The most common targeted therapies for B-cell lymphoma are inhibitors of B-cell receptor (BCR) signaling. BCR pathway inhibitors block signals in cancer B cells that are needed to produce BCL-2 proteins on cell surfaces.
Depending on the severity of your B-cell lymphoma, some targeted treatments are given alone, while others are given along with chemotherapy.
stem cell transplant
Astem cell transplant(also known as bone marrow transplantation) is sometimes used to treat lymphoma, including B-cell lymphoma, in patients who are in remission or have come back during or after treatment.Stem cell transplants also allow health workers to give higher doses of chemotherapy, sometimes along with radiation therapy.
Under normal circumstances, the amount of chemotherapy given is limited to avoid life-threatening side effects (such as severe damage to the bone marrow, which makes red and white blood cells).
With a stem cell transplant, healthcare professionals can give patients high doses of chemotherapy because they may later receive a hematopoietic stem cell transplant to restore bone marrow.
Stem cell treatments are complex and can have life-threatening side effects. If your doctor thinks this treatment is right for you, it should be done in a cancer center under the supervision of experienced medical staff.
Factors that determine your best treatment option
There are many different types of B-cell lymphoma. Treatment usually depends on both the type of lymphoma and the stage of the disease, but many other factors may also be important.
The different types of non-Hodgkin lymphoma
Type B cell lymphoma
The two main types of B-cell lymphoma are diffuse large B-cell lymphoma (the most common type of B-cell lymphoma) and follicular lymphoma. DLBCL tends to grow rapidly, and treatment usually involves chemotherapy with a four-drug regimen known as CHOP:
- C: Cytoxan (Cyclophosphamid)
- H: Adriamicina (hidroxidaunorrubicina)
- Ö: Oncovin (Vincristina)
- PAG: Prednisone
The immunotherapy drug Rituxan (rituximab) is often added to chemotherapy. This combination is called R-CHOP, a common method used to treat B-cell lymphoma.
Although follicular lymphoma grows slowly and responds well to treatment, it is difficult to cure.Common treatments include R-CHOP and radiation therapy. If these treatments don't work well, they can be treated with various chemotherapy drugs, immunotherapy (CAR-T), or stem cell transplants.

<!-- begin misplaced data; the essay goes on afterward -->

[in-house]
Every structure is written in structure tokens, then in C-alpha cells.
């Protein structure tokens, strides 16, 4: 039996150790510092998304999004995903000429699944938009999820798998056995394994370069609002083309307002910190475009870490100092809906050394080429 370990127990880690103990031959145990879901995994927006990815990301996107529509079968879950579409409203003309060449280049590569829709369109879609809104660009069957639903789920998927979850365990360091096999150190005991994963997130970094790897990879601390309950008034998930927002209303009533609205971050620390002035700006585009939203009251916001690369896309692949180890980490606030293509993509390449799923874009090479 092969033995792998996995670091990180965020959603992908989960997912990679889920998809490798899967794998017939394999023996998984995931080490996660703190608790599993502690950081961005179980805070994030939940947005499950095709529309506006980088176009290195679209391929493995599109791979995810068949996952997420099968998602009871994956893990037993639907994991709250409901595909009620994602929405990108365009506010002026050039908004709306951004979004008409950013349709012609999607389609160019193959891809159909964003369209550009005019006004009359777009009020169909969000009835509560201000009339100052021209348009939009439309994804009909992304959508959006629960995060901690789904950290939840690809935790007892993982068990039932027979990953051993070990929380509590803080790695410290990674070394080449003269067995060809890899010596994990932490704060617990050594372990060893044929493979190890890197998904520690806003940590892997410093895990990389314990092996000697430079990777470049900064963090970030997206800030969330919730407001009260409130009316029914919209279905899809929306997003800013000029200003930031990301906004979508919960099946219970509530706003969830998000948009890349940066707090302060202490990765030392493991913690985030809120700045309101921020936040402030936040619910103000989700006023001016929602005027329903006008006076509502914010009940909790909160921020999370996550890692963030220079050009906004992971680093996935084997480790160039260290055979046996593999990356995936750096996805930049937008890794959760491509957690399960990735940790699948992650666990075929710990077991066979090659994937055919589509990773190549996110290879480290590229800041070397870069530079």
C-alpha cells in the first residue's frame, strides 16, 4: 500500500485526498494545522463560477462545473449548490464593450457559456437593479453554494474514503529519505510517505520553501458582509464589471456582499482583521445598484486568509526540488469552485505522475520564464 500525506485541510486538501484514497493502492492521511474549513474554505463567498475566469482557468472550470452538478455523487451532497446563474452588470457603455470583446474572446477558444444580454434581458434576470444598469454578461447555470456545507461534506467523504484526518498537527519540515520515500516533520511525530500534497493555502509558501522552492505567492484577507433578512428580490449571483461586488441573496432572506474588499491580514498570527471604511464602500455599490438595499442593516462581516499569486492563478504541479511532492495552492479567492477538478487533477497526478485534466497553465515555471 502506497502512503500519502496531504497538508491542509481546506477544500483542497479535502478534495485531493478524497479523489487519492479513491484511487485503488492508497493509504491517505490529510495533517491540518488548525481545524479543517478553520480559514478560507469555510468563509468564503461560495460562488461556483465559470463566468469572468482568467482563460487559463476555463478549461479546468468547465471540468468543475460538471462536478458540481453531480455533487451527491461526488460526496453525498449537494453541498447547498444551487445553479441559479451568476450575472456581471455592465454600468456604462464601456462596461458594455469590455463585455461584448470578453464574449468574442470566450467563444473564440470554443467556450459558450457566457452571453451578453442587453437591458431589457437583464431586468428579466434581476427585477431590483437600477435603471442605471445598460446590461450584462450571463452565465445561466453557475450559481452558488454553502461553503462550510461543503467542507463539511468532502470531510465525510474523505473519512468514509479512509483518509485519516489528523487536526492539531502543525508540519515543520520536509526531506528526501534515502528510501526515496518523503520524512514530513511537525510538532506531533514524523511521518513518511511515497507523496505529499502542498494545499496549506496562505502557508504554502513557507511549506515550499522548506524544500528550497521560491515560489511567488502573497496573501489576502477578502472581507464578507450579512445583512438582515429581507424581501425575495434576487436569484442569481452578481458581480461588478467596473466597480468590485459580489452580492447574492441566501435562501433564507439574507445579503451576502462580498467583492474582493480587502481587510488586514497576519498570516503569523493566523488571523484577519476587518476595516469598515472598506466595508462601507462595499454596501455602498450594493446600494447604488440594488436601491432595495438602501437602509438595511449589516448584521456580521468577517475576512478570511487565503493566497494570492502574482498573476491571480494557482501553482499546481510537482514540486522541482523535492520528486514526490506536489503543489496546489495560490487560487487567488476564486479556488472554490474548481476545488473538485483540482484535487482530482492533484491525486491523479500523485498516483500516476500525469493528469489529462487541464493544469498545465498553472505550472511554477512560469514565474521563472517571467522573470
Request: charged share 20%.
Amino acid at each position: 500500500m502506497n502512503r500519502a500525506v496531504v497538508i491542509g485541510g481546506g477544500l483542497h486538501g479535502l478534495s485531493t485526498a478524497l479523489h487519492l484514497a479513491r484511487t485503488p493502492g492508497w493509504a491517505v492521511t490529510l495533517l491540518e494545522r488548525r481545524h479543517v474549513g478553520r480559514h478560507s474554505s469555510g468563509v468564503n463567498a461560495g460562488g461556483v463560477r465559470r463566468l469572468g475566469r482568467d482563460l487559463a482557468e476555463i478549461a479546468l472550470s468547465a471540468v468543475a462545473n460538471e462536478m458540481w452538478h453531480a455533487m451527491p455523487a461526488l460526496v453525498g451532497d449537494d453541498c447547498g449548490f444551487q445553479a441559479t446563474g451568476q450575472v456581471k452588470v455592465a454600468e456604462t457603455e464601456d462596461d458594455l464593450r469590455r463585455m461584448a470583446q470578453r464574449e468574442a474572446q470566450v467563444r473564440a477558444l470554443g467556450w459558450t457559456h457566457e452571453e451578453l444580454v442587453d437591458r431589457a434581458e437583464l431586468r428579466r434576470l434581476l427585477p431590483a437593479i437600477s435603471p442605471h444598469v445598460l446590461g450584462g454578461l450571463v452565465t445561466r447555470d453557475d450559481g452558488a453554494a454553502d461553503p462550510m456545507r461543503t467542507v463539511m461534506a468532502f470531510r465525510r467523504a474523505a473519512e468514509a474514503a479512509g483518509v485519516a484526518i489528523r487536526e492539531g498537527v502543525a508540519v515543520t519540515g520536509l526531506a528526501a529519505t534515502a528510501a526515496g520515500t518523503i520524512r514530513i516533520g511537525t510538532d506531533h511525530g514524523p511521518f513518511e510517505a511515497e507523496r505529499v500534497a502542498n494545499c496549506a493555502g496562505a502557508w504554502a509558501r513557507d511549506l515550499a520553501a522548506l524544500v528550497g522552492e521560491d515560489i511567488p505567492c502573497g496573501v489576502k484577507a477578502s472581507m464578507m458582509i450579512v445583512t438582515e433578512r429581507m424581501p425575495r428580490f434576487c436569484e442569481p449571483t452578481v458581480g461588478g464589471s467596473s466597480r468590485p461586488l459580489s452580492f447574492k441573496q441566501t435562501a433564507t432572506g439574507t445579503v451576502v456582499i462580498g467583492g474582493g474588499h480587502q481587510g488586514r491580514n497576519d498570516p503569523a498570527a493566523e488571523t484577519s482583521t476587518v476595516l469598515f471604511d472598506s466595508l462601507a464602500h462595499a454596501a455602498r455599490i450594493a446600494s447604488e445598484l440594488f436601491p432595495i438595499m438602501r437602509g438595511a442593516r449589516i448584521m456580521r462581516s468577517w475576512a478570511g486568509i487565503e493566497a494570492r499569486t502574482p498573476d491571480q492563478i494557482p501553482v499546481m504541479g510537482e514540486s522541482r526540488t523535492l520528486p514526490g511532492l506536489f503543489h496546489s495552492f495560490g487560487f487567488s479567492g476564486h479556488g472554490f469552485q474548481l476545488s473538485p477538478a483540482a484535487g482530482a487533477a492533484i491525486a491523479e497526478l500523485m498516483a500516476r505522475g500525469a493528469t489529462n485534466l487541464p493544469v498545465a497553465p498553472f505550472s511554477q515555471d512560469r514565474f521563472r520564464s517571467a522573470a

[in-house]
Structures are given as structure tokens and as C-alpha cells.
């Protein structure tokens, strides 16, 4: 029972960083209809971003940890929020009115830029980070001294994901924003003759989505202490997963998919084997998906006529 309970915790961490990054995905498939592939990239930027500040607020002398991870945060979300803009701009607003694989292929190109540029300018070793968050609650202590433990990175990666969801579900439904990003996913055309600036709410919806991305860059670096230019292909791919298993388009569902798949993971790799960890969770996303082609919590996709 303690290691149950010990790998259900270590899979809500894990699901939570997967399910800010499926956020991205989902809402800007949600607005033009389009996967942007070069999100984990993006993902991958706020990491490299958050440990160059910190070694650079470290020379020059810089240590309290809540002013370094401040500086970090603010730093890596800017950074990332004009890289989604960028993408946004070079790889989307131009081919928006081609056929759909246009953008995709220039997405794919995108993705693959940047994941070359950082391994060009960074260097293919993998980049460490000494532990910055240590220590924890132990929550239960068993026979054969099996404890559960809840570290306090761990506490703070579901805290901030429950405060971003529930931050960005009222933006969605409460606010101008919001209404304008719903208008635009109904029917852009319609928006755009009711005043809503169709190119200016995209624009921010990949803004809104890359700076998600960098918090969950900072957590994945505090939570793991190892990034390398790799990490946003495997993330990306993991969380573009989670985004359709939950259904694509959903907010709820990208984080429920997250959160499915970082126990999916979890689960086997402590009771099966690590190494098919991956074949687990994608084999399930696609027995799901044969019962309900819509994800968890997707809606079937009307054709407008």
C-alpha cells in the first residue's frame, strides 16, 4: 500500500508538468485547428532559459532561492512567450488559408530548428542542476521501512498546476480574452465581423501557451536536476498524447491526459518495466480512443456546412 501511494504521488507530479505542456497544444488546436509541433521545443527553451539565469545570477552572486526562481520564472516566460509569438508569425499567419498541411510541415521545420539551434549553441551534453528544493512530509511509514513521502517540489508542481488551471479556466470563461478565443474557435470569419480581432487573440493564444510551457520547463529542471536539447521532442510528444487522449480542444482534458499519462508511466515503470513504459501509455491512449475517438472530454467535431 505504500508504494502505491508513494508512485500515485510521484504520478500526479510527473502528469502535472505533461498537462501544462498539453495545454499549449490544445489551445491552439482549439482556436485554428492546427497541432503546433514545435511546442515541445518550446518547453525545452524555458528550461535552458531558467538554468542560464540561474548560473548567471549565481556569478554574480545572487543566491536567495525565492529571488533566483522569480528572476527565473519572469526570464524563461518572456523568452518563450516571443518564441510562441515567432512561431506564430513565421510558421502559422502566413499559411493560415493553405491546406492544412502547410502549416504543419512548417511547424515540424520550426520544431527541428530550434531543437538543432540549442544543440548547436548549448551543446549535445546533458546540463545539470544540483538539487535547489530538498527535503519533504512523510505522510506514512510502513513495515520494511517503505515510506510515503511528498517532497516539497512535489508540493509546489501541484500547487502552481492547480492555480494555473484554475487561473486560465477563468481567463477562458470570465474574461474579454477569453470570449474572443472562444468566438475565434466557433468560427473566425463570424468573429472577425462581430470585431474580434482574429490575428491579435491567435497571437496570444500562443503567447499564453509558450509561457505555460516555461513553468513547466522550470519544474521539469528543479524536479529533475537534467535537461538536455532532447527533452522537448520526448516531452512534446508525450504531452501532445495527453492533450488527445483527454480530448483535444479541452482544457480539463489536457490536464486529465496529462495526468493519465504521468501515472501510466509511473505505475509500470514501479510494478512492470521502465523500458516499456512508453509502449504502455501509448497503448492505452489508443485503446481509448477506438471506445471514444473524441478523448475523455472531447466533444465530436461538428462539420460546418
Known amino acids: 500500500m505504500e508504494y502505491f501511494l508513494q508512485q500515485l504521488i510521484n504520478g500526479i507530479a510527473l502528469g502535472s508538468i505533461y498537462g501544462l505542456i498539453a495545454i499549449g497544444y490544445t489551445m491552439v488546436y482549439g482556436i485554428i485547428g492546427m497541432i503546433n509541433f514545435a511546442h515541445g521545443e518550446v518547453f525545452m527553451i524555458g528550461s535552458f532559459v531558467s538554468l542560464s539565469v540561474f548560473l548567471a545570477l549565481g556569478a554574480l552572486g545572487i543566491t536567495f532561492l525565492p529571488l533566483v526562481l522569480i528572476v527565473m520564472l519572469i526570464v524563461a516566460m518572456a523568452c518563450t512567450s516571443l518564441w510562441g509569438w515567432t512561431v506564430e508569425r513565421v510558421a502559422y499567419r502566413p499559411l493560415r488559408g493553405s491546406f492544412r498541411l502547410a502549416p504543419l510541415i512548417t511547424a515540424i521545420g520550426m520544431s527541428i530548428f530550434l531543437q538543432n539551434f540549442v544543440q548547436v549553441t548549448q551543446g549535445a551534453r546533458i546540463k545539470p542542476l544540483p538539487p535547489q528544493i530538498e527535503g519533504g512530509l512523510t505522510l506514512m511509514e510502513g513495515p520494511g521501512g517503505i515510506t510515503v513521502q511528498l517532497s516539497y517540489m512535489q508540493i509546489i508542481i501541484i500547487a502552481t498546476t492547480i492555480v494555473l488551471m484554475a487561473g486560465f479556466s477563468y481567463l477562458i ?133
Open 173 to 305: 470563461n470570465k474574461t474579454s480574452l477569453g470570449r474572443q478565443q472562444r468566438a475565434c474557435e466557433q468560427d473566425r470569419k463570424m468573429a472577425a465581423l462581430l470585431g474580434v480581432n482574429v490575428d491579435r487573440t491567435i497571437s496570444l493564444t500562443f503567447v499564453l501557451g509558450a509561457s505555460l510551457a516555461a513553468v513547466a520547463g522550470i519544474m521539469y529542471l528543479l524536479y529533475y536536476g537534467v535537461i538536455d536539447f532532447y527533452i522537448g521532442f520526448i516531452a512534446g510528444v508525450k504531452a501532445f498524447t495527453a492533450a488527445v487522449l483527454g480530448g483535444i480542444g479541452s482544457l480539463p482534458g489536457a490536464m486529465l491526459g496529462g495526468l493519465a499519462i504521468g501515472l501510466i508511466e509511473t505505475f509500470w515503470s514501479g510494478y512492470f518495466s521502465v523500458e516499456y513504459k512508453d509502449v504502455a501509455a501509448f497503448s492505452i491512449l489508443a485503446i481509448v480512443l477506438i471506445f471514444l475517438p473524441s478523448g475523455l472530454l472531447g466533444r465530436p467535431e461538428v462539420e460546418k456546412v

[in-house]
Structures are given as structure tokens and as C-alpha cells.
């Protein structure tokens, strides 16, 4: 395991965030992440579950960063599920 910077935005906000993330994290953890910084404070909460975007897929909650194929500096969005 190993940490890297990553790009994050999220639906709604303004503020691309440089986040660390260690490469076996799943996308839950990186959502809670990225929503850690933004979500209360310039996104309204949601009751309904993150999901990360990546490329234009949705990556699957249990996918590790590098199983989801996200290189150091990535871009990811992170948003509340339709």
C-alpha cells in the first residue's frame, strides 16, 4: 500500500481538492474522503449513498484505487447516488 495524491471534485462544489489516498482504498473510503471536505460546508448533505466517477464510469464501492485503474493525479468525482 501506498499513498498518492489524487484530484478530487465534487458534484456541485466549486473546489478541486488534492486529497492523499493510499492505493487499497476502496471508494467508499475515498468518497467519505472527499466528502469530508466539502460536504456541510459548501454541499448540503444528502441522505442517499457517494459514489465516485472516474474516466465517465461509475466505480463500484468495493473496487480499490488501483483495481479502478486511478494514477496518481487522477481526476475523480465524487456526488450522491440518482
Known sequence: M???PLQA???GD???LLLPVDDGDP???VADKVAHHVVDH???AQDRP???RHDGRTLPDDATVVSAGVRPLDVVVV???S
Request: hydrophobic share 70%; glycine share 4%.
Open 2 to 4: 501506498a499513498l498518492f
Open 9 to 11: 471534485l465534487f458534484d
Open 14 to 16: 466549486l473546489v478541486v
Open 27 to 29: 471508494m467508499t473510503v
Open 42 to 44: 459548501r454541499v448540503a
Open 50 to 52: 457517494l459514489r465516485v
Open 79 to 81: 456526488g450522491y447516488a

Non-lymphoma R-CHOP chemotherapy
Some types of B-cell lymphoma are indolent (slow growing), includingsmall lymphocytic lymphoma (SLL)and chronic lymphocytic leukemia (CLL). If your cancer hasn't spread beyond the lymph nodes and isn't posing an immediate risk to your health, you may not need treatment right away.Your doctor may use the watchful waiting approach, where your health is closely monitored until symptoms appear or change.
However, treatment is usually given soon after aggressive types of B-cell lymphomas, such as DLBCL and Burkitt's lymphoma, are diagnosed.
It's important for your doctor to know the location of your B-cell lymphoma in order to determine the best treatment plan. For example, you may only need radiation therapy aimed at a specific area of the body and not chemotherapy if the cancer hasn't spread.
However, people who are at higher risk of later recurrence of lymphoma in the tissues around the brain and spinal cord can be treated with chemotherapy injected into the cerebrospinal fluid (called intrathecal chemotherapy).
B-cell lymphoma can occur in areas of the body with lymphoid tissue, such as theBasis,bone marrow,Timo, polyps,Angina, and digestive tract.
If your B-cell lymphoma is not causing severe symptoms, your doctor may place you under active surveillance (watchful waiting) until you need treatment.
Non-Hodgkin lymphoma is less common thanHodgkin lymphomain young adults, but NHL risk increases with age.According to the American Cancer Society, the median age at diagnosis of DLBCL is in the mid-60s.